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Williamsburg residents form Neighborhood watch

“This won’t be a group that goes out and patrols the neighborhood, that is not our purpose,” said organizer Carol Conz. “This will be a group of people that want to be the eyes and ears on our individual streets.”

Conz said the group would perform a variety of services.

“We would be there to alert the police to suspicious cars, people or activities, as well as things like not having seen an elderly neighbor, or downed limbs on the street,” Conz said.

Conz, who lives on Briar Hill Road, said there three break-ins to her quiet road over the past year or so, which motiviated her to start organizing. “They were too many and they were just too close in time for me. We just felt it was time to do something,” she said.

Conz invited neighbors into her home this summer to begin the process of creating the neighborhood watch group.

She said she hopes the next meeting will include Hampshire Deputy Sheriff David Fenton and Williamsburg Police Chief Denise Wickland.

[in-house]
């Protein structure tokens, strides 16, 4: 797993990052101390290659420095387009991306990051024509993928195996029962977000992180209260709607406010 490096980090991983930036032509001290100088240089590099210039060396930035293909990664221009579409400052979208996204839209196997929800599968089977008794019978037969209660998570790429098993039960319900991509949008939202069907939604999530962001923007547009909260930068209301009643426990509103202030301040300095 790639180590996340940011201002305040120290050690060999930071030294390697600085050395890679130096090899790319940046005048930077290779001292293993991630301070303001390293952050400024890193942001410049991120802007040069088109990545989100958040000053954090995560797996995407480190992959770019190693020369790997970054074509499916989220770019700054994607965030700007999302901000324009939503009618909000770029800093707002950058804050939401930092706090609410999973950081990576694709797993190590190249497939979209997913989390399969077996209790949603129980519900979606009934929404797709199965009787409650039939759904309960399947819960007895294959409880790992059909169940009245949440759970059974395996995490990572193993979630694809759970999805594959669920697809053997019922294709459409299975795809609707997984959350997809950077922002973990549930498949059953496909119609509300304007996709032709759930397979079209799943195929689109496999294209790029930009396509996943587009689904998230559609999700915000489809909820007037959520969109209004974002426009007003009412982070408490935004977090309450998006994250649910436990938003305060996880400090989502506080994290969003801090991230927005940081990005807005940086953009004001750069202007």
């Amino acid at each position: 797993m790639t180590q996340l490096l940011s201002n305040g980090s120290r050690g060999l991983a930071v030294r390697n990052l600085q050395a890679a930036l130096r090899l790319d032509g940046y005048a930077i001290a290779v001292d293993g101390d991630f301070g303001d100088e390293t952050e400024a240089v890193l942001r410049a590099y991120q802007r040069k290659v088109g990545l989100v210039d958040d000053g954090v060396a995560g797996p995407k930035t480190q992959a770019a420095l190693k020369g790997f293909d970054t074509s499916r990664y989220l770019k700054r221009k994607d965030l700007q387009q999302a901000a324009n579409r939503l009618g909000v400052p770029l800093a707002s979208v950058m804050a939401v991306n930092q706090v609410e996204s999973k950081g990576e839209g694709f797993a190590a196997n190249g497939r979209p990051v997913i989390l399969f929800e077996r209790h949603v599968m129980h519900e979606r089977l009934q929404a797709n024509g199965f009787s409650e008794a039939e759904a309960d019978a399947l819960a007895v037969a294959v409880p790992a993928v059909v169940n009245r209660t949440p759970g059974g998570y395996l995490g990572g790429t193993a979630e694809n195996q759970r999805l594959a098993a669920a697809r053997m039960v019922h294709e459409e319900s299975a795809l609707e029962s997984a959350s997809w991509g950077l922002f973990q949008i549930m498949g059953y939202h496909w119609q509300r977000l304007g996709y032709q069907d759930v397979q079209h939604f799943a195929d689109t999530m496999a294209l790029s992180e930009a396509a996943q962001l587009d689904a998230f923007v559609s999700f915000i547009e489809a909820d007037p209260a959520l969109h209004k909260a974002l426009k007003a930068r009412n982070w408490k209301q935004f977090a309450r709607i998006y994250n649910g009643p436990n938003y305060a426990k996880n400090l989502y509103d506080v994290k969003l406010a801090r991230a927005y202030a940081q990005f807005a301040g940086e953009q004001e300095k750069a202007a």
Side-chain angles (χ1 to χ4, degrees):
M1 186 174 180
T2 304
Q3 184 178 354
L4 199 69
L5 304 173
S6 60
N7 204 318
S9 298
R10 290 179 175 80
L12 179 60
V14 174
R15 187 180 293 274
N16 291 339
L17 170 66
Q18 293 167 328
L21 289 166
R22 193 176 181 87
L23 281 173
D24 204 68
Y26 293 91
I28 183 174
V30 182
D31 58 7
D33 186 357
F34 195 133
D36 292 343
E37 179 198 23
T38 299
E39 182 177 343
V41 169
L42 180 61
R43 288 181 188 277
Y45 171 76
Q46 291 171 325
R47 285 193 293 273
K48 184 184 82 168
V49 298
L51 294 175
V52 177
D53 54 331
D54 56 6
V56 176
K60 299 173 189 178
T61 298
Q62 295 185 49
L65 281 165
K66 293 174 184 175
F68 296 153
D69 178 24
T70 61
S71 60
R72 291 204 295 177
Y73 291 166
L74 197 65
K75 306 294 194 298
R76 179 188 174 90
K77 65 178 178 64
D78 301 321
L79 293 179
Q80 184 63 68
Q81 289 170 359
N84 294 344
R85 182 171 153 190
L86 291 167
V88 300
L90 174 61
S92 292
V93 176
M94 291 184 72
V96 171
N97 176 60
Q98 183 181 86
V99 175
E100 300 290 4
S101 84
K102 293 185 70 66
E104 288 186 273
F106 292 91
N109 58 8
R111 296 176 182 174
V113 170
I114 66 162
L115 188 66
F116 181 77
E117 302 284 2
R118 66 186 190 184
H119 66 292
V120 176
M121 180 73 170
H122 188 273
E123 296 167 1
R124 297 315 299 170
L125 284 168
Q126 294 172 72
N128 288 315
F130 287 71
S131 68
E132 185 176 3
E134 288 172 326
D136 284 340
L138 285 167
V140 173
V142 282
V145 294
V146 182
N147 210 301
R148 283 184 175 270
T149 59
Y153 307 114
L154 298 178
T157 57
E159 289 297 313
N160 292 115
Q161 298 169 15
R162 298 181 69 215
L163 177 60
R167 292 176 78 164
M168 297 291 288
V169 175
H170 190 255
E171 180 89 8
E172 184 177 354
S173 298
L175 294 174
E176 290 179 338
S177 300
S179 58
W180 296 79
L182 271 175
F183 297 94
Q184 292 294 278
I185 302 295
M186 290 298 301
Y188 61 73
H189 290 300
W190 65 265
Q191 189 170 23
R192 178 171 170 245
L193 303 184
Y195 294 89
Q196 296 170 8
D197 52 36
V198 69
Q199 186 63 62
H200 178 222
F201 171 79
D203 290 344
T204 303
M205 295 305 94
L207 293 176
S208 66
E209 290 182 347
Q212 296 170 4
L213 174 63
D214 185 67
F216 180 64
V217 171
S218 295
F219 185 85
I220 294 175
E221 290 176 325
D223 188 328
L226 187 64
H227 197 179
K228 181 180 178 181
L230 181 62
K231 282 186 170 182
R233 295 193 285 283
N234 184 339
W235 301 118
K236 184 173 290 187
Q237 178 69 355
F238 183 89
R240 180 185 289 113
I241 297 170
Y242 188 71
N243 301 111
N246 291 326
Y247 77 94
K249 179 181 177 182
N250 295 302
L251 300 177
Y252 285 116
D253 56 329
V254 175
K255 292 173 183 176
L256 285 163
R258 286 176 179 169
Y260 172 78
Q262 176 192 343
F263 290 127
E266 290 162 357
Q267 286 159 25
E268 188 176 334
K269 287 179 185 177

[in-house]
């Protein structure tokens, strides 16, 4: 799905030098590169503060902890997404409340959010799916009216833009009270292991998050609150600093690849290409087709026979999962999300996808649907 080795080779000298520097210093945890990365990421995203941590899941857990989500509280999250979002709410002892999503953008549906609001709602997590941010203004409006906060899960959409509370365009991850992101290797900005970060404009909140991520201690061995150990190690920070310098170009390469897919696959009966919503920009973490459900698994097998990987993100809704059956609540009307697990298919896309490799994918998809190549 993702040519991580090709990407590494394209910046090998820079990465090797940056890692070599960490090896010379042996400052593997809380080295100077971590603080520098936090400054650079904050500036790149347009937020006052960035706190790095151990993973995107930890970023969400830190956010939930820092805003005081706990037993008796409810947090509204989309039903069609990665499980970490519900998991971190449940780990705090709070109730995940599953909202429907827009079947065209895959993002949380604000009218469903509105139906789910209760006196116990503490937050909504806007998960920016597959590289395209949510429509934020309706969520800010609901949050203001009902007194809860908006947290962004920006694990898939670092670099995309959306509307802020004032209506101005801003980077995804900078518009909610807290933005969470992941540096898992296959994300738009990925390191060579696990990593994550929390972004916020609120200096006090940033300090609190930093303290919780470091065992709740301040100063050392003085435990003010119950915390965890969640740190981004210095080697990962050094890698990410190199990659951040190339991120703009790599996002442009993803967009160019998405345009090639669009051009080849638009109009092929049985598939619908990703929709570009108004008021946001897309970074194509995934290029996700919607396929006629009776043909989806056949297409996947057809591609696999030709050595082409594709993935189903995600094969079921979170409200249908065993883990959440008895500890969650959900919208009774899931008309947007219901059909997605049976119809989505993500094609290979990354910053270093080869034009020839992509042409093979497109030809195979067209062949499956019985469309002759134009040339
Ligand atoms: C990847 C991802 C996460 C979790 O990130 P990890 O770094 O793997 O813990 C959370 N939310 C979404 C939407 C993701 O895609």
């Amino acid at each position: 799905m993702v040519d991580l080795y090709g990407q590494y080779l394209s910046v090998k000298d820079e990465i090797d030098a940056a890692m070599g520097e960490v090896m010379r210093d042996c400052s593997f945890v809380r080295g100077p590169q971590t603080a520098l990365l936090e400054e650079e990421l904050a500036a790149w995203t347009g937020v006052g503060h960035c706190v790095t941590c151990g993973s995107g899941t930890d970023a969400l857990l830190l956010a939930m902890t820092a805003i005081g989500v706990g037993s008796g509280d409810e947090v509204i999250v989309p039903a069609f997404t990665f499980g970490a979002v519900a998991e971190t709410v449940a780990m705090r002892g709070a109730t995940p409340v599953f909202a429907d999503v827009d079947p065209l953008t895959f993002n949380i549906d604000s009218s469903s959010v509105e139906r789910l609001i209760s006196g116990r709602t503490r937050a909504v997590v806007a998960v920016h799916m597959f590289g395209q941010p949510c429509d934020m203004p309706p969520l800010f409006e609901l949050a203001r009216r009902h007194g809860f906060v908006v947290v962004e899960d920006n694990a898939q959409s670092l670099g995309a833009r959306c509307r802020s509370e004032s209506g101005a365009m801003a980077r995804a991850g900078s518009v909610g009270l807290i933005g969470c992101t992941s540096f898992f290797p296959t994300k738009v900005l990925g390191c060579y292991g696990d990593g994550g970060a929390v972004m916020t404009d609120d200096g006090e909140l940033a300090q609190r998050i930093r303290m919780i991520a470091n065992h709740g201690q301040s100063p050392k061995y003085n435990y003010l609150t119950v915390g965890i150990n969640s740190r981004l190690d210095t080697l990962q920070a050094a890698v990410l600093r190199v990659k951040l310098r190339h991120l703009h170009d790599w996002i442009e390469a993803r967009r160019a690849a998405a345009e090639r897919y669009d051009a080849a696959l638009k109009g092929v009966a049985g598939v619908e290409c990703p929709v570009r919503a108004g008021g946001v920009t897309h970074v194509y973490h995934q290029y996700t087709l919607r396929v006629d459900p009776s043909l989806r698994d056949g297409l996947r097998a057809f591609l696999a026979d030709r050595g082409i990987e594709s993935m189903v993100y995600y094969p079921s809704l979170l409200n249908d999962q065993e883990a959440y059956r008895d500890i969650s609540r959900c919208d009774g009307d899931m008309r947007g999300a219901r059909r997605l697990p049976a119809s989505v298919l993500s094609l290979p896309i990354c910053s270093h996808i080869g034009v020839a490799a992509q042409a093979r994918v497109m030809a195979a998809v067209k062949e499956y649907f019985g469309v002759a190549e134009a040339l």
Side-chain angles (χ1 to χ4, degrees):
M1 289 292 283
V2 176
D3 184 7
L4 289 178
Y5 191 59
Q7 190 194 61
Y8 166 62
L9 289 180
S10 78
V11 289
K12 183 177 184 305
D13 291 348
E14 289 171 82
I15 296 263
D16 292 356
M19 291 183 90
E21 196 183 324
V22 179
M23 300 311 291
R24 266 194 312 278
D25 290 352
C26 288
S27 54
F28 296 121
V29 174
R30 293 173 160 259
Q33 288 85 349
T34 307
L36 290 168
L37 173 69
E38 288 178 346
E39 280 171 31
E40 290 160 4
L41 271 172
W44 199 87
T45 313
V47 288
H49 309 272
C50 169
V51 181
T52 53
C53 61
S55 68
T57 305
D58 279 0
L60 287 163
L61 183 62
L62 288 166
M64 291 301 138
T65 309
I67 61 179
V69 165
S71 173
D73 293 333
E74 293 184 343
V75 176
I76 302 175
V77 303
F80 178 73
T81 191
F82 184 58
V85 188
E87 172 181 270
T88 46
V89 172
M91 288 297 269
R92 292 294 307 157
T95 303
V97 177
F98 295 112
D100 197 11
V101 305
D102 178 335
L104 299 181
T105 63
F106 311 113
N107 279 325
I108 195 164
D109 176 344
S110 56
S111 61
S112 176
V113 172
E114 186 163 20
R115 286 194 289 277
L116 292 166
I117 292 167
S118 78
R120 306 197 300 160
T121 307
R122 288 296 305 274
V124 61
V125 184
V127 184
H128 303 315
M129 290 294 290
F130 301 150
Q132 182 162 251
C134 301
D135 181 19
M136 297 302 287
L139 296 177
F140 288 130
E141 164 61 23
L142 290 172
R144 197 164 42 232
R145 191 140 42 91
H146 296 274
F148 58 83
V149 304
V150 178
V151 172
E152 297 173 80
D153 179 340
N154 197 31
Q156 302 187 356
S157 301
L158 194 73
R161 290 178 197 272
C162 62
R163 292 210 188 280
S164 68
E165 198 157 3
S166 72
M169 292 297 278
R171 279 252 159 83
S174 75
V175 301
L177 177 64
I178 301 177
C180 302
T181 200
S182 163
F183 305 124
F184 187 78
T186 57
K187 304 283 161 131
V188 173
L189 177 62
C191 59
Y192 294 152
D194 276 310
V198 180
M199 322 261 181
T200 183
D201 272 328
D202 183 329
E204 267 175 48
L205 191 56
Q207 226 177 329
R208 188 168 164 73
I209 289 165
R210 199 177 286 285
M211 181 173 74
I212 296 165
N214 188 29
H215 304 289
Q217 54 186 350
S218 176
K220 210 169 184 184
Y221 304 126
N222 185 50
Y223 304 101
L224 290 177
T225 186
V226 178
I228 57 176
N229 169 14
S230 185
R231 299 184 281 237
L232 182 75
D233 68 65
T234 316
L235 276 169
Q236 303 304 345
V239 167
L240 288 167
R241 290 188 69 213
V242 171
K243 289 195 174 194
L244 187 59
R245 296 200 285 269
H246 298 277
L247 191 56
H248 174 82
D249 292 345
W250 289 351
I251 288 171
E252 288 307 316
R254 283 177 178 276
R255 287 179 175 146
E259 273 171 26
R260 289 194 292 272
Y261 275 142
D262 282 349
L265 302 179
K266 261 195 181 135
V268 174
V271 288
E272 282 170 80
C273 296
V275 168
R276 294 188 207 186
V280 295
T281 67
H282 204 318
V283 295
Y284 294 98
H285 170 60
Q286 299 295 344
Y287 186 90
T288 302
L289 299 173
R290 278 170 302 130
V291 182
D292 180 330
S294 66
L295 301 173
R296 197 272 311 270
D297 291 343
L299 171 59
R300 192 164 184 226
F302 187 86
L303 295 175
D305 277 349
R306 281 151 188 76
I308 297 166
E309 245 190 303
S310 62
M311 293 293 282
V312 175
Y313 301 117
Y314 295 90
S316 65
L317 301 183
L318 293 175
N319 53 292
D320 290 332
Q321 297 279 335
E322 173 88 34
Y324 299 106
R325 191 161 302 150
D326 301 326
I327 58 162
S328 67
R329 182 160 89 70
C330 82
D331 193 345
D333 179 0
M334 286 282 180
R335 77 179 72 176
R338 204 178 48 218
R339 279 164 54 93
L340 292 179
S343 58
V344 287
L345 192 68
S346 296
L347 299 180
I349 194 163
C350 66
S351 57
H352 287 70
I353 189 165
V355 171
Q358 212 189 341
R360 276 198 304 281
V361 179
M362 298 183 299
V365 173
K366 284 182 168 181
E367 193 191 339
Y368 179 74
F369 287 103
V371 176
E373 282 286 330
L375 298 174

Fenton is on the board of directors for the National Association of Triads, a group that uses community policing practices to protect and educate older adults about crime and prevention. He has also acted as the liaison for the Hampshire County Neighborhood Watch program.

As the neighbors are covering only three streets at this point in time, Conz described the group as a sort of “pilot program” that may become townwide later on.

With contributions from the Williamsburg Fire Department and the Lions Club the group has purchased 12 neighborhood watch signs at about $30 each.

A community watch informational meeting will be held Wednesday Oct 24 in the auditorium of the Town offices at 7 p.m. The meeting is open to the public.

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